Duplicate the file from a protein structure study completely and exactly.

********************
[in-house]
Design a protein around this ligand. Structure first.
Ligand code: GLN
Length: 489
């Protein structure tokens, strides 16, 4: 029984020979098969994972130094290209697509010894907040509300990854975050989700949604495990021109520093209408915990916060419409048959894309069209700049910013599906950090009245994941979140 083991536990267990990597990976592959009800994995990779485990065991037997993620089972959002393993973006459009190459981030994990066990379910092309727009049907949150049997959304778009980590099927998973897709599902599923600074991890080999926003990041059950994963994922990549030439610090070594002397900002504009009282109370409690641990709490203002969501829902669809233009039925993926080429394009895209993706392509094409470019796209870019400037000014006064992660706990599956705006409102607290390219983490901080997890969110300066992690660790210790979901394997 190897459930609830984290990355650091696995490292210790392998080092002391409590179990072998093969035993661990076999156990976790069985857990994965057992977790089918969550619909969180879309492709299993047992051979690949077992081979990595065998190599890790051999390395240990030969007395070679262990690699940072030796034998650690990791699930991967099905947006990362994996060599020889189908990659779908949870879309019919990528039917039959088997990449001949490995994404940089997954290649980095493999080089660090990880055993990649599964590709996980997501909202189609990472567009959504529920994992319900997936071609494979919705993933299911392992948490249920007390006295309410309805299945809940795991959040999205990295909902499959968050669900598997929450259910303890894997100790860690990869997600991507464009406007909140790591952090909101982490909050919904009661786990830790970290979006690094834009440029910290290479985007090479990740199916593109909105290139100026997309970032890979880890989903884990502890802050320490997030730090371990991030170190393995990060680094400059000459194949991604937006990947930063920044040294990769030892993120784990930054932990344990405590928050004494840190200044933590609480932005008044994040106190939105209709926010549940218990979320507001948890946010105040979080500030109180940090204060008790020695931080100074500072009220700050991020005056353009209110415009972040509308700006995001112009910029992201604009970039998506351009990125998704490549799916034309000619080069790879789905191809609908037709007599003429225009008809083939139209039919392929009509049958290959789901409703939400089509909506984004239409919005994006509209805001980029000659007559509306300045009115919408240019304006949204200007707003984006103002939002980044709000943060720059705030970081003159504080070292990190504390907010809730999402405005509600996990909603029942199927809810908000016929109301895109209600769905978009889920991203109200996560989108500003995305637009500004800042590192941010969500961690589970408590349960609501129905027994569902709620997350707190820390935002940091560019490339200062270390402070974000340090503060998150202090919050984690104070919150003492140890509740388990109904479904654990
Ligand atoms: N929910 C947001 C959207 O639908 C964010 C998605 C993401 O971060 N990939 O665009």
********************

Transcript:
[in-house]
Design a protein around this ligand. Structure first.
Ligand code: GLN
Length: 489
């Protein structure tokens, strides 16, 4: 029984020979098969994972130094290209697509010894907040509300990854975050989700949604495990021109520093209408915990916060419409048959894309069209700049910013599906950090009245994941979140 083991536990267990990597990976592959009800994995990779485990065991037997993620089972959002393993973006459009190459981030994990066990379910092309727009049907949150049997959304778009980590099927998973897709599902599923600074991890080999926003990041059950994963994922990549030439610090070594002397900002504009009282109370409690641990709490203002969501829902669809233009039925993926080429394009895209993706392509094409470019796209870019400037000014006064992660706990599956705006409102607290390219983490901080997890969110300066992690660790210790979901394997 190897459930609830984290990355650091696995490292210790392998080092002391409590179990072998093969035993661990076999156990976790069985857990994965057992977790089918969550619909969180879309492709299993047992051979690949077992081979990595065998190599890790051999390395240990030969007395070679262990690699940072030796034998650690990791699930991967099905947006990362994996060599020889189908990659779908949870879309019919990528039917039959088997990449001949490995994404940089997954290649980095493999080089660090990880055993990649599964590709996980997501909202189609990472567009959504529920994992319900997936071609494979919705993933299911392992948490249920007390006295309410309805299945809940795991959040999205990295909902499959968050669900598997929450259910303890894997100790860690990869997600991507464009406007909140790591952090909101982490909050919904009661786990830790970290979006690094834009440029910290290479985007090479990740199916593109909105290139100026997309970032890979880890989903884990502890802050320490997030730090371990991030170190393995990060680094400059000459194949991604937006990947930063920044040294990769030892993120784990930054932990344990405590928050004494840190200044933590609480932005008044994040106190939105209709926010549940218990979320507001948890946010105040979080500030109180940090204060008790020695931080100074500072009220700050991020005056353009209110415009972040509308700006995001112009910029992201604009970039998506351009990125998704490549799916034309000619080069790879789905191809609908037709007599003429225009008809083939139209039919392929009509049958290959789901409703939400089509909506984004239409919005994006509209805001980029000659007559509306300045009115919408240019304006949204200007707003984006103002939002980044709000943060720059705030970081003159504080070292990190504390907010809730999402405005509600996990909603029942199927809810908000016929109301895109209600769905978009889920991203109200996560989108500003995305637009500004800042590192941010969500961690589970408590349960609501129905027994569902709620997350707190820390935002940091560019490339200062270390402070974000340090503060998150202090919050984690104070919150003492140890509740388990109904479904654990
Ligand atoms: N929910 C947001 C959207 O639908 C964010 C998605 C993401 O971060 N990939 O665009």